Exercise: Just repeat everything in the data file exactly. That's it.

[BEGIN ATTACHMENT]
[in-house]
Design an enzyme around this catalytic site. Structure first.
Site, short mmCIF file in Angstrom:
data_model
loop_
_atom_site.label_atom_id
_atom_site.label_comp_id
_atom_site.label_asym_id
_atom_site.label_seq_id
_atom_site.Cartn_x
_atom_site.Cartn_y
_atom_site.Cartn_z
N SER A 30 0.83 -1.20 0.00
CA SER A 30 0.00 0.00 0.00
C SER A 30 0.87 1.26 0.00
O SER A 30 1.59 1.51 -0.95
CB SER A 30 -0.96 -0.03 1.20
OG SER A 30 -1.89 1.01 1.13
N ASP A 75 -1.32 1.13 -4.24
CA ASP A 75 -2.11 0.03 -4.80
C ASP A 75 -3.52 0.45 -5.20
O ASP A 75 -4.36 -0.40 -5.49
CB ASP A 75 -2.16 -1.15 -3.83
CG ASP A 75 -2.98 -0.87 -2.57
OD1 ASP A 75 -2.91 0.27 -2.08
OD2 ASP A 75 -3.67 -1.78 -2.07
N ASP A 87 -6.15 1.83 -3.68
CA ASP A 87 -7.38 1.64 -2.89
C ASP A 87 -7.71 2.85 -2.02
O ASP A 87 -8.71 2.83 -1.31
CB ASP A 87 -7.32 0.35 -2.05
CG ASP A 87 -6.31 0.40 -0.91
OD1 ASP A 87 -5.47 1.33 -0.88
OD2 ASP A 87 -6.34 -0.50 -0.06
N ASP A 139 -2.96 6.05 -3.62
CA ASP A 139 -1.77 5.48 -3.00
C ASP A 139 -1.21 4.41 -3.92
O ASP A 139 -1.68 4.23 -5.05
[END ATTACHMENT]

[in-house]
Design an enzyme around this catalytic site. Structure first.
Site, short mmCIF file in Angstrom:
data_model
loop_
_atom_site.label_atom_id
_atom_site.label_comp_id
_atom_site.label_asym_id
_atom_site.label_seq_id
_atom_site.Cartn_x
_atom_site.Cartn_y
_atom_site.Cartn_z
N SER A 30 0.83 -1.20 0.00
CA SER A 30 0.00 0.00 0.00
C SER A 30 0.87 1.26 0.00
O SER A 30 1.59 1.51 -0.95
CB SER A 30 -0.96 -0.03 1.20
OG SER A 30 -1.89 1.01 1.13
N ASP A 75 -1.32 1.13 -4.24
CA ASP A 75 -2.11 0.03 -4.80
C ASP A 75 -3.52 0.45 -5.20
O ASP A 75 -4.36 -0.40 -5.49
CB ASP A 75 -2.16 -1.15 -3.83
CG ASP A 75 -2.98 -0.87 -2.57
OD1 ASP A 75 -2.91 0.27 -2.08
OD2 ASP A 75 -3.67 -1.78 -2.07
N ASP A 87 -6.15 1.83 -3.68
CA ASP A 87 -7.38 1.64 -2.89
C ASP A 87 -7.71 2.85 -2.02
O ASP A 87 -8.71 2.83 -1.31
CB ASP A 87 -7.32 0.35 -2.05
CG ASP A 87 -6.31 0.40 -0.91
OD1 ASP A 87 -5.47 1.33 -0.88
OD2 ASP A 87 -6.34 -0.50 -0.06
N ASP A 139 -2.96 6.05 -3.62
CA ASP A 139 -1.77 5.48 -3.00
C ASP A 139 -1.21 4.41 -3.92
O ASP A 139 -1.68 4.23 -5.05